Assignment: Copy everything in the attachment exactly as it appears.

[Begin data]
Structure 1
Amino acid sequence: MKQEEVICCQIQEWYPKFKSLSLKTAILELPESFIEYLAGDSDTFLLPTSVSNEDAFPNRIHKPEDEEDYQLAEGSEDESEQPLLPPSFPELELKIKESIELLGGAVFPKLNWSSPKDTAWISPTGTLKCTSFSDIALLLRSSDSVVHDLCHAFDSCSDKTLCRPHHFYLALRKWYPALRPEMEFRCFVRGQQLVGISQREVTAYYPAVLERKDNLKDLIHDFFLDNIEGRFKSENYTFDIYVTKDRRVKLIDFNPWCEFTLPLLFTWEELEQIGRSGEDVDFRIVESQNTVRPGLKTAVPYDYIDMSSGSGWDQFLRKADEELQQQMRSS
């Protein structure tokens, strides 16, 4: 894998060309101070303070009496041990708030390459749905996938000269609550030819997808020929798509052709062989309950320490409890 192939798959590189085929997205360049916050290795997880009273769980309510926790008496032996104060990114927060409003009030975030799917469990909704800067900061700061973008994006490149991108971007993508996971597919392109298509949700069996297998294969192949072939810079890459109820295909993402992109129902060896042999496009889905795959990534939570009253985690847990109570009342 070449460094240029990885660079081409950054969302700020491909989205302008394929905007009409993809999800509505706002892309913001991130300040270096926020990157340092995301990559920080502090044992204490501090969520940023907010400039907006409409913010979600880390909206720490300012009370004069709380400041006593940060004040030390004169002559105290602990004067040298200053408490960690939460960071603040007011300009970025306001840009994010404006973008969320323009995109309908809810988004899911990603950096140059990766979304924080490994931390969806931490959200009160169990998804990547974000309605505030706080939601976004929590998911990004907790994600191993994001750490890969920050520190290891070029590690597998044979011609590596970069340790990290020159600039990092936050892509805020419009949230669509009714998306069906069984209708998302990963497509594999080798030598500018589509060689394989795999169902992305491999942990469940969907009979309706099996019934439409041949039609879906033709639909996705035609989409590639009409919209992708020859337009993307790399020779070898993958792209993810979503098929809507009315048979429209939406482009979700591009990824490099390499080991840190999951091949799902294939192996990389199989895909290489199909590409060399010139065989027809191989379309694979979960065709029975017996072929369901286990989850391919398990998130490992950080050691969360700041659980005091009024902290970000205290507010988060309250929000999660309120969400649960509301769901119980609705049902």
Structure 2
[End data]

Structure 1
Amino acid sequence: MKQEEVICCQIQEWYPKFKSLSLKTAILELPESFIEYLAGDSDTFLLPTSVSNEDAFPNRIHKPEDEEDYQLAEGSEDESEQPLLPPSFPELELKIKESIELLGGAVFPKLNWSSPKDTAWISPTGTLKCTSFSDIALLLRSSDSVVHDLCHAFDSCSDKTLCRPHHFYLALRKWYPALRPEMEFRCFVRGQQLVGISQREVTAYYPAVLERKDNLKDLIHDFFLDNIEGRFKSENYTFDIYVTKDRRVKLIDFNPWCEFTLPLLFTWEELEQIGRSGEDVDFRIVESQNTVRPGLKTAVPYDYIDMSSGSGWDQFLRKADEELQQQMRSS
């Protein structure tokens, strides 16, 4: 894998060309101070303070009496041990708030390459749905996938000269609550030819997808020929798509052709062989309950320490409890 192939798959590189085929997205360049916050290795997880009273769980309510926790008496032996104060990114927060409003009030975030799917469990909704800067900061700061973008994006490149991108971007993508996971597919392109298509949700069996297998294969192949072939810079890459109820295909993402992109129902060896042999496009889905795959990534939570009253985690847990109570009342 070449460094240029990885660079081409950054969302700020491909989205302008394929905007009409993809999800509505706002892309913001991130300040270096926020990157340092995301990559920080502090044992204490501090969520940023907010400039907006409409913010979600880390909206720490300012009370004069709380400041006593940060004040030390004169002559105290602990004067040298200053408490960690939460960071603040007011300009970025306001840009994010404006973008969320323009995109309908809810988004899911990603950096140059990766979304924080490994931390969806931490959200009160169990998804990547974000309605505030706080939601976004929590998911990004907790994600191993994001750490890969920050520190290891070029590690597998044979011609590596970069340790990290020159600039990092936050892509805020419009949230669509009714998306069906069984209708998302990963497509594999080798030598500018589509060689394989795999169902992305491999942990469940969907009979309706099996019934439409041949039609879906033709639909996705035609989409590639009409919209992708020859337009993307790399020779070898993958792209993810979503098929809507009315048979429209939406482009979700591009990824490099390499080991840190999951091949799902294939192996990389199989895909290489199909590409060399010139065989027809191989379309694979979960065709029975017996072929369901286990989850391919398990998130490992950080050691969360700041659980005091009024902290970000205290507010988060309250929000999660309120969400649960509301769901119980609705049902």
Structure 2